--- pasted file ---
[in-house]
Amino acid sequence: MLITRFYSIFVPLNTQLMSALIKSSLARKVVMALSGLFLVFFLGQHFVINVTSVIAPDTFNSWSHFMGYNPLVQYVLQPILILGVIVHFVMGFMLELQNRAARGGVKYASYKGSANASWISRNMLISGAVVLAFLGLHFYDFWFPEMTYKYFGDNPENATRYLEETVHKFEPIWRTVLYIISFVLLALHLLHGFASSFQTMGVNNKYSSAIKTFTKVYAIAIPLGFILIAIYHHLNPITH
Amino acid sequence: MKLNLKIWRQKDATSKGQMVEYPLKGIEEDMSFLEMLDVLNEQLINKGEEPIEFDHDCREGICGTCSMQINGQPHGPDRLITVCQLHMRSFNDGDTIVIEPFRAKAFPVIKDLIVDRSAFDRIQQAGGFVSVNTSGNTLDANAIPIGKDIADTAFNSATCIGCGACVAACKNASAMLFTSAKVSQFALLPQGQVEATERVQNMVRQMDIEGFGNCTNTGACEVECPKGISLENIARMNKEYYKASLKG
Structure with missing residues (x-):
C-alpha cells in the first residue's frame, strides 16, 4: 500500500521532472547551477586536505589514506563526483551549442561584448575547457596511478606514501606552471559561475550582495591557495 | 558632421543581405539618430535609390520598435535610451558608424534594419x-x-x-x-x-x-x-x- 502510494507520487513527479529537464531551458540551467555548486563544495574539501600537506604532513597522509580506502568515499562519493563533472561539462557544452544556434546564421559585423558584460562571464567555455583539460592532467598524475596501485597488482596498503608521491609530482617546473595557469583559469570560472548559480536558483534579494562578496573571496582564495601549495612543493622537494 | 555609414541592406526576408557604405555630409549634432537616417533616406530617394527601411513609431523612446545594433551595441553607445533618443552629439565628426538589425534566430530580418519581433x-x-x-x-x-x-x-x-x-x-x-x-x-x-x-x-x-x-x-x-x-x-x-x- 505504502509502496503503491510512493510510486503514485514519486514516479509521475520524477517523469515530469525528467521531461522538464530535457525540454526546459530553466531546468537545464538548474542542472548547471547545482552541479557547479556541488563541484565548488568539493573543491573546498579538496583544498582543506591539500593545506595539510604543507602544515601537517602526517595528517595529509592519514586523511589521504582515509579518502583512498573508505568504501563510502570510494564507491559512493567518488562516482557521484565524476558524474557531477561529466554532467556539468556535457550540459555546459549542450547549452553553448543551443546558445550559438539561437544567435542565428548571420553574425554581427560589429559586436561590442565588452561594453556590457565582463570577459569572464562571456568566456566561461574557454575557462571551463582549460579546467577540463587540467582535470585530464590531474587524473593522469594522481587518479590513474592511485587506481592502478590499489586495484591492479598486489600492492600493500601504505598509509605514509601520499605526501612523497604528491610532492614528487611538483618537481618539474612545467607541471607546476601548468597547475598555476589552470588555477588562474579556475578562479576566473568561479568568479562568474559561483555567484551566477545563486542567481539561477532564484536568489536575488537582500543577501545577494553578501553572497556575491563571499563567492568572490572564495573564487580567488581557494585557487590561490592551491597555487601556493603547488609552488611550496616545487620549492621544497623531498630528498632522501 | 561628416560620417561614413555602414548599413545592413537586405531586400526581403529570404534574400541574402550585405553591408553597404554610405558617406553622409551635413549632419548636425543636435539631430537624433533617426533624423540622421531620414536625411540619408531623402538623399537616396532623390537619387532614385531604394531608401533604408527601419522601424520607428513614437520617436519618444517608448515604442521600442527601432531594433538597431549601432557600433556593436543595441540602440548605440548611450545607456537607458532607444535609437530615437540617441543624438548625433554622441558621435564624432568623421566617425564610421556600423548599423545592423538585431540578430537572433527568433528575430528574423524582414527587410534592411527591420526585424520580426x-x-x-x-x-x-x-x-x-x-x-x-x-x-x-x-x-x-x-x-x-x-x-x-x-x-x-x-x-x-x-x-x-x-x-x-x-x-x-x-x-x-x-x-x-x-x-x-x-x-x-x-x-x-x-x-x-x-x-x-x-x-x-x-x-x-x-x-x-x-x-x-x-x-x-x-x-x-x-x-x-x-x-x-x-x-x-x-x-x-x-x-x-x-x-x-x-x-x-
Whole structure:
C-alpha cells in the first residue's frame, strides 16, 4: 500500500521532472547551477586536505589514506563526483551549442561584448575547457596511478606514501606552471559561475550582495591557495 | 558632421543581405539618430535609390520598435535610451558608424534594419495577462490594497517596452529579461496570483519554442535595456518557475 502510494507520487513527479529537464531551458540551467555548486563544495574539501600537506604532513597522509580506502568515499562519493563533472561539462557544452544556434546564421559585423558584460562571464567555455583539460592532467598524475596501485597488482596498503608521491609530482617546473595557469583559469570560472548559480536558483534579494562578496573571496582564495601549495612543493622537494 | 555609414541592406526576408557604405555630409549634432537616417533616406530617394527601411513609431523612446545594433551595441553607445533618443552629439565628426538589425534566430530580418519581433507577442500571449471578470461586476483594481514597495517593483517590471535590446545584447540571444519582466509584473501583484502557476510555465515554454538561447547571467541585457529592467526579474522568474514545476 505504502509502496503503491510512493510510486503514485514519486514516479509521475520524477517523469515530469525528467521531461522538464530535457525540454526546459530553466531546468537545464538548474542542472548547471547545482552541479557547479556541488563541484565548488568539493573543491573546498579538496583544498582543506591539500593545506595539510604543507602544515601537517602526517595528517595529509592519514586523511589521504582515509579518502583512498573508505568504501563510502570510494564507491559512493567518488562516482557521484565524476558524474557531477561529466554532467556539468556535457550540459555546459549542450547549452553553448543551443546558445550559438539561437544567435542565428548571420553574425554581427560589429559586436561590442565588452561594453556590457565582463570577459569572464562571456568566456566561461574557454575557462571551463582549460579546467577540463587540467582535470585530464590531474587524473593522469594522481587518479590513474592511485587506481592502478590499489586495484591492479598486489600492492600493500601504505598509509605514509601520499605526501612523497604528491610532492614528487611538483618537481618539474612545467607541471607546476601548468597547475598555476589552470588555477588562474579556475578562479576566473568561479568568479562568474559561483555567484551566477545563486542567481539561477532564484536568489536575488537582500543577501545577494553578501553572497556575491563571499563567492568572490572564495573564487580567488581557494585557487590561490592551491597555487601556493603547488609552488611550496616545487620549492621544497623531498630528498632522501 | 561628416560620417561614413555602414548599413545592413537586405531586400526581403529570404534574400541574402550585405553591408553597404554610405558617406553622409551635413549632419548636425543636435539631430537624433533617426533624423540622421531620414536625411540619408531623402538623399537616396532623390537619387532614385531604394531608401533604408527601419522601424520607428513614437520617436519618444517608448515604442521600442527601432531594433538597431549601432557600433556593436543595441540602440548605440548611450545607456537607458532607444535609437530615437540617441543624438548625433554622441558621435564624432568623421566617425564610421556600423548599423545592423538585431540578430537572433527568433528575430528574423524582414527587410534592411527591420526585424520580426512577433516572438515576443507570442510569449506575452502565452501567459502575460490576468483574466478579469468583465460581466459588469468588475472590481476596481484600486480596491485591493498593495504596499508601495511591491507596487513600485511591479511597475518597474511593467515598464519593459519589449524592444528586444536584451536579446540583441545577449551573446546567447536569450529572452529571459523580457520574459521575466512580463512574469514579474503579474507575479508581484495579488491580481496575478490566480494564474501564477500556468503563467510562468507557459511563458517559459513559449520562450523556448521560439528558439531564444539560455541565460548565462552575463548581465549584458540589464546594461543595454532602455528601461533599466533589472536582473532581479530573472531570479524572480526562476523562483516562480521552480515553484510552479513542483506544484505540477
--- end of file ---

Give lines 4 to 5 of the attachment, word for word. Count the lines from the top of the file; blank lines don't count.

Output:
Structure with missing residues (x-):
C-alpha cells in the first residue's frame, strides 16, 4: 500500500521532472547551477586536505589514506563526483551549442561584448575547457596511478606514501606552471559561475550582495591557495 | 558632421543581405539618430535609390520598435535610451558608424534594419x-x-x-x-x-x-x-x- 502510494507520487513527479529537464531551458540551467555548486563544495574539501600537506604532513597522509580506502568515499562519493563533472561539462557544452544556434546564421559585423558584460562571464567555455583539460592532467598524475596501485597488482596498503608521491609530482617546473595557469583559469570560472548559480536558483534579494562578496573571496582564495601549495612543493622537494 | 555609414541592406526576408557604405555630409549634432537616417533616406530617394527601411513609431523612446545594433551595441553607445533618443552629439565628426538589425534566430530580418519581433x-x-x-x-x-x-x-x-x-x-x-x-x-x-x-x-x-x-x-x-x-x-x-x- 505504502509502496503503491510512493510510486503514485514519486514516479509521475520524477517523469515530469525528467521531461522538464530535457525540454526546459530553466531546468537545464538548474542542472548547471547545482552541479557547479556541488563541484565548488568539493573543491573546498579538496583544498582543506591539500593545506595539510604543507602544515601537517602526517595528517595529509592519514586523511589521504582515509579518502583512498573508505568504501563510502570510494564507491559512493567518488562516482557521484565524476558524474557531477561529466554532467556539468556535457550540459555546459549542450547549452553553448543551443546558445550559438539561437544567435542565428548571420553574425554581427560589429559586436561590442565588452561594453556590457565582463570577459569572464562571456568566456566561461574557454575557462571551463582549460579546467577540463587540467582535470585530464590531474587524473593522469594522481587518479590513474592511485587506481592502478590499489586495484591492479598486489600492492600493500601504505598509509605514509601520499605526501612523497604528491610532492614528487611538483618537481618539474612545467607541471607546476601548468597547475598555476589552470588555477588562474579556475578562479576566473568561479568568479562568474559561483555567484551566477545563486542567481539561477532564484536568489536575488537582500543577501545577494553578501553572497556575491563571499563567492568572490572564495573564487580567488581557494585557487590561490592551491597555487601556493603547488609552488611550496616545487620549492621544497623531498630528498632522501 | 561628416560620417561614413555602414548599413545592413537586405531586400526581403529570404534574400541574402550585405553591408553597404554610405558617406553622409551635413549632419548636425543636435539631430537624433533617426533624423540622421531620414536625411540619408531623402538623399537616396532623390537619387532614385531604394531608401533604408527601419522601424520607428513614437520617436519618444517608448515604442521600442527601432531594433538597431549601432557600433556593436543595441540602440548605440548611450545607456537607458532607444535609437530615437540617441543624438548625433554622441558621435564624432568623421566617425564610421556600423548599423545592423538585431540578430537572433527568433528575430528574423524582414527587410534592411527591420526585424520580426x-x-x-x-x-x-x-x-x-x-x-x-x-x-x-x-x-x-x-x-x-x-x-x-x-x-x-x-x-x-x-x-x-x-x-x-x-x-x-x-x-x-x-x-x-x-x-x-x-x-x-x-x-x-x-x-x-x-x-x-x-x-x-x-x-x-x-x-x-x-x-x-x-x-x-x-x-x-x-x-x-x-x-x-x-x-x-x-x-x-x-x-x-x-x-x-x-x-x-